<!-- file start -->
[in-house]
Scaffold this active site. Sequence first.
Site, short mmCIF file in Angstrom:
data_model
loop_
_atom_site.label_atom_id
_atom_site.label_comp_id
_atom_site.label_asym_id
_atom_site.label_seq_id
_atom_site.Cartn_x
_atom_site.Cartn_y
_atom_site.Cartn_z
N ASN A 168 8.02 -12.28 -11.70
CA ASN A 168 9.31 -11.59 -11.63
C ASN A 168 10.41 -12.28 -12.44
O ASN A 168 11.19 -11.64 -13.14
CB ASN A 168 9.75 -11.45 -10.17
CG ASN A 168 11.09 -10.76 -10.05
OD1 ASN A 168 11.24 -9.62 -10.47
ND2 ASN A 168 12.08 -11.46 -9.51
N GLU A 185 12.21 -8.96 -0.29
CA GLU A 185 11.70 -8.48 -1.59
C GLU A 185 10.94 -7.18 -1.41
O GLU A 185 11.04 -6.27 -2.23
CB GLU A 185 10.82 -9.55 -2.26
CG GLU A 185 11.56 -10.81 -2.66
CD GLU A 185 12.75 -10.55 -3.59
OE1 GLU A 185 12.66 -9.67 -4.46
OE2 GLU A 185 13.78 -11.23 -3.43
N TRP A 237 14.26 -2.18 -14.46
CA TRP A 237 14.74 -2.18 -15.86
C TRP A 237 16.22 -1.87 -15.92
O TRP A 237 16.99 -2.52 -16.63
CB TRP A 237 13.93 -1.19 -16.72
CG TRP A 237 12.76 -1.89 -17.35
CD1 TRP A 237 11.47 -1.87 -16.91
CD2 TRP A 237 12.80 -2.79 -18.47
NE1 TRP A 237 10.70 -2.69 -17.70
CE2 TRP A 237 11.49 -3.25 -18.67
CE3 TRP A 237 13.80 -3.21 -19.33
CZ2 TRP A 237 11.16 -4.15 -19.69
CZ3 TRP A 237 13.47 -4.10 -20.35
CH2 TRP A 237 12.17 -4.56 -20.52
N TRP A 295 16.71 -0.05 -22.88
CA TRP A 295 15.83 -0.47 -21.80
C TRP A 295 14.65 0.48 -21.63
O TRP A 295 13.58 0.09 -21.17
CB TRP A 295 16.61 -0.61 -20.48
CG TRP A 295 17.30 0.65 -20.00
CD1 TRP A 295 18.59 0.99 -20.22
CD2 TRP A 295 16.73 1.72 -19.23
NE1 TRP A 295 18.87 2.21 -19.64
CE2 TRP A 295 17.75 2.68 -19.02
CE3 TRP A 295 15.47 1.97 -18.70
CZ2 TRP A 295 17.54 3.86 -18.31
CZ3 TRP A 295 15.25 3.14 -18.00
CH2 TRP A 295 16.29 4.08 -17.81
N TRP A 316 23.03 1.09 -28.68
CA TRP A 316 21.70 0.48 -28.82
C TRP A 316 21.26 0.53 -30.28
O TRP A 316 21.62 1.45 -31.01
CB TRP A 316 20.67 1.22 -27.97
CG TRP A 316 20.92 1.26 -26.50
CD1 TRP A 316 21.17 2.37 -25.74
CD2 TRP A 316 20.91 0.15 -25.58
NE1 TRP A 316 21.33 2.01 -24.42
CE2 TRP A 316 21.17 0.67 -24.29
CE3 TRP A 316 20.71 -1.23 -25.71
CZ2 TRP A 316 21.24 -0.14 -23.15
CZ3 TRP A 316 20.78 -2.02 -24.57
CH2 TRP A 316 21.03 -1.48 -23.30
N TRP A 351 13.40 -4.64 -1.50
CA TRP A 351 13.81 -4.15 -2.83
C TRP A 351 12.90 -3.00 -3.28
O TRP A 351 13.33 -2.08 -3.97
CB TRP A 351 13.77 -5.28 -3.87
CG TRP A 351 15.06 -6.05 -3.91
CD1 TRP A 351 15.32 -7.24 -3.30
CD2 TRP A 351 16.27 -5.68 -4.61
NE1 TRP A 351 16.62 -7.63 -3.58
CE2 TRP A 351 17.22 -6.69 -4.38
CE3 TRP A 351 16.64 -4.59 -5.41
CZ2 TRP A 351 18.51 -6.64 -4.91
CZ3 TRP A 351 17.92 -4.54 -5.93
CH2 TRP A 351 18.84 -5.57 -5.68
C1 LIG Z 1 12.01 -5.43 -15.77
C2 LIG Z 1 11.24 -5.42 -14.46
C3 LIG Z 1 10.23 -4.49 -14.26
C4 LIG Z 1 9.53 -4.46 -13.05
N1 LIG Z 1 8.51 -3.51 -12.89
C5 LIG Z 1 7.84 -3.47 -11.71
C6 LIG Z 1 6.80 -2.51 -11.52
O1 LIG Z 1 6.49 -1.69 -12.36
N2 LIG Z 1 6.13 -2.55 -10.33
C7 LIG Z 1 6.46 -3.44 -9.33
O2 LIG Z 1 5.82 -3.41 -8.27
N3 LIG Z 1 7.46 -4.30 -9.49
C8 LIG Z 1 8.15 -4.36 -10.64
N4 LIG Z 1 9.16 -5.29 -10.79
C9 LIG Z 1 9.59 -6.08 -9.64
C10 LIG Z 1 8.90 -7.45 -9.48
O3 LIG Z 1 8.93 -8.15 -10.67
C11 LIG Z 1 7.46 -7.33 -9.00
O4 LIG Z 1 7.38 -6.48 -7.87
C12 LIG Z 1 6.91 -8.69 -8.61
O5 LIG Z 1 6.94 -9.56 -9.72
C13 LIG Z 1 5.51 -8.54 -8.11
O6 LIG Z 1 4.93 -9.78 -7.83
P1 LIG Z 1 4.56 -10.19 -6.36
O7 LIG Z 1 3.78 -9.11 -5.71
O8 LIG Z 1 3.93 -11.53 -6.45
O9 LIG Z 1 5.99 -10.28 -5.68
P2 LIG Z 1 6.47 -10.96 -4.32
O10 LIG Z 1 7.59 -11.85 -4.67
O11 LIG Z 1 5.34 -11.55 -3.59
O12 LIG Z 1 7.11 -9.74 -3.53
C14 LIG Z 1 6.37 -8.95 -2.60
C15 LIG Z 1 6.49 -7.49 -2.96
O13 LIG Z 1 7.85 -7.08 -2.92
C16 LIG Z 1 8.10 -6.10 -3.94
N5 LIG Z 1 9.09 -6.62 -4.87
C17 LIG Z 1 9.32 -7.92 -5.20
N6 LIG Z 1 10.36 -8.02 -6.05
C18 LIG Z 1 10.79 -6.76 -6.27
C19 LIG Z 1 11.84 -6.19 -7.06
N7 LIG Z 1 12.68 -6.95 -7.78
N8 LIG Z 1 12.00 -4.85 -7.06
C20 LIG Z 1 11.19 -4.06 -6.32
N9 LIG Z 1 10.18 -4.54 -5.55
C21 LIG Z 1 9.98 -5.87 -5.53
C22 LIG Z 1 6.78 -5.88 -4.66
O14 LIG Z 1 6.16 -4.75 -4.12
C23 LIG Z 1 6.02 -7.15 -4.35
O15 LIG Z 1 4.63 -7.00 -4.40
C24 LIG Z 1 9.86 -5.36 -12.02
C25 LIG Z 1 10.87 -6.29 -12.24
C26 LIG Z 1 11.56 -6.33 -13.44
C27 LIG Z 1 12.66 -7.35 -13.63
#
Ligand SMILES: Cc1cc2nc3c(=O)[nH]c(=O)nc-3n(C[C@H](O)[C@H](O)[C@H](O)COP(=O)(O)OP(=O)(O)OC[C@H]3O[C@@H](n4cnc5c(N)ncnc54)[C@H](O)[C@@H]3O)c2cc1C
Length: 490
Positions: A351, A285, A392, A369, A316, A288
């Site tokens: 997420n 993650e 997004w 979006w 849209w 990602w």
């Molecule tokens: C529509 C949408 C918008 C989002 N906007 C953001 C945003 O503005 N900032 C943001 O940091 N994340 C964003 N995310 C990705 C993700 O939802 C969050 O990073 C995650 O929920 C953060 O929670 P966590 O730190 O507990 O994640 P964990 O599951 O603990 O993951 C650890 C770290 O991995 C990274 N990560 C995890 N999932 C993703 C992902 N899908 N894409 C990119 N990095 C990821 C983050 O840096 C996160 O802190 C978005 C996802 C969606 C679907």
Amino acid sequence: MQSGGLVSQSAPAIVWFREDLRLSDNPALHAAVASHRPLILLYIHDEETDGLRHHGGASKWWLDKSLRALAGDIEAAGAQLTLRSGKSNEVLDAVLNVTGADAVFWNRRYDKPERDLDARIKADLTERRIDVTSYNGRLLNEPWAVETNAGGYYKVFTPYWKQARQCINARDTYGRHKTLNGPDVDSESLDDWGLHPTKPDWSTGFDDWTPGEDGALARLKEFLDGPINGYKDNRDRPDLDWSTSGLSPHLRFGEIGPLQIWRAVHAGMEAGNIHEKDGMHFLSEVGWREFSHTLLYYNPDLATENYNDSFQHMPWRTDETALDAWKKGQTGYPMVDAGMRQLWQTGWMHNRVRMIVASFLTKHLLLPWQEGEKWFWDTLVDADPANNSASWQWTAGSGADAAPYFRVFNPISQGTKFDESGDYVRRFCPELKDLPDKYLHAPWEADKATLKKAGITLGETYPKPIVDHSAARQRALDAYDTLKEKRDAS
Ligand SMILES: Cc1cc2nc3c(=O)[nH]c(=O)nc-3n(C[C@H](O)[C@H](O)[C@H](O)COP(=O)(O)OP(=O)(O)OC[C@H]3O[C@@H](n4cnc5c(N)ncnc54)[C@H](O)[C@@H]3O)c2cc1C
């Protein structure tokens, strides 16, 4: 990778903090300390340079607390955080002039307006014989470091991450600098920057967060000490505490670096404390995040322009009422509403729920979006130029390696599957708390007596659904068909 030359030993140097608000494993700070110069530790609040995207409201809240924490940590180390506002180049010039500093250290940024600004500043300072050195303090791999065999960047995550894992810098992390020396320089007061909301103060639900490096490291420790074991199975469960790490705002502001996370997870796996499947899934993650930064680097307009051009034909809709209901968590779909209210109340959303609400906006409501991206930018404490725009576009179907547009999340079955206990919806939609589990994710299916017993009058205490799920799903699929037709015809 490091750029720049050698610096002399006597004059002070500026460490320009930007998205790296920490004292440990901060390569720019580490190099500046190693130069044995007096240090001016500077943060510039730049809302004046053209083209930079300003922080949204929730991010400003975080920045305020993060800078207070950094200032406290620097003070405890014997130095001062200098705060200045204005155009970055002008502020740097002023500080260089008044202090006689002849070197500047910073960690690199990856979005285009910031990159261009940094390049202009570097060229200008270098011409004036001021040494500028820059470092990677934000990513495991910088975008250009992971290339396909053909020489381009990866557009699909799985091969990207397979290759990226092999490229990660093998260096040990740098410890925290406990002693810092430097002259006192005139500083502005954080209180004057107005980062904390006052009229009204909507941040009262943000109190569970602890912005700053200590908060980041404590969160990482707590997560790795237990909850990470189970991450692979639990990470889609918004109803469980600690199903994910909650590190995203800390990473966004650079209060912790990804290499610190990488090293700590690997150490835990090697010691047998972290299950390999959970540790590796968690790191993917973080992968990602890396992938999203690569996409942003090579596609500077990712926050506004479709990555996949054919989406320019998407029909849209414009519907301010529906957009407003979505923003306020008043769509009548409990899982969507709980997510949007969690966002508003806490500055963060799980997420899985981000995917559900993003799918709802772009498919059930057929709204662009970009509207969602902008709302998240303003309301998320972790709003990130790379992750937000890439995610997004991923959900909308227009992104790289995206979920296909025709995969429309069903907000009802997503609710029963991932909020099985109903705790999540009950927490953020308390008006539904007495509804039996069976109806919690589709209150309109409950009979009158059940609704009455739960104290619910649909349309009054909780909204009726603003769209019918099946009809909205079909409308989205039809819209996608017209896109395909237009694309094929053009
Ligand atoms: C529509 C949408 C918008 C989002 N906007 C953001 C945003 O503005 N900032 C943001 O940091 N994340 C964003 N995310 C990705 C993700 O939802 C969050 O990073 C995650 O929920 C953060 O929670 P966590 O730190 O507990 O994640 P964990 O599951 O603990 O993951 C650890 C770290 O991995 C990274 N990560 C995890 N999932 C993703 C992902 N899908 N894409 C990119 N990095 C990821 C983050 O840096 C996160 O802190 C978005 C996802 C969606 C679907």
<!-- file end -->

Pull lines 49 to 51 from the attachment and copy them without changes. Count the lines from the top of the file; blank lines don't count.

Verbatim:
CG TRP A 295 17.30 0.65 -20.00
CD1 TRP A 295 18.59 0.99 -20.22
CD2 TRP A 295 16.73 1.72 -19.23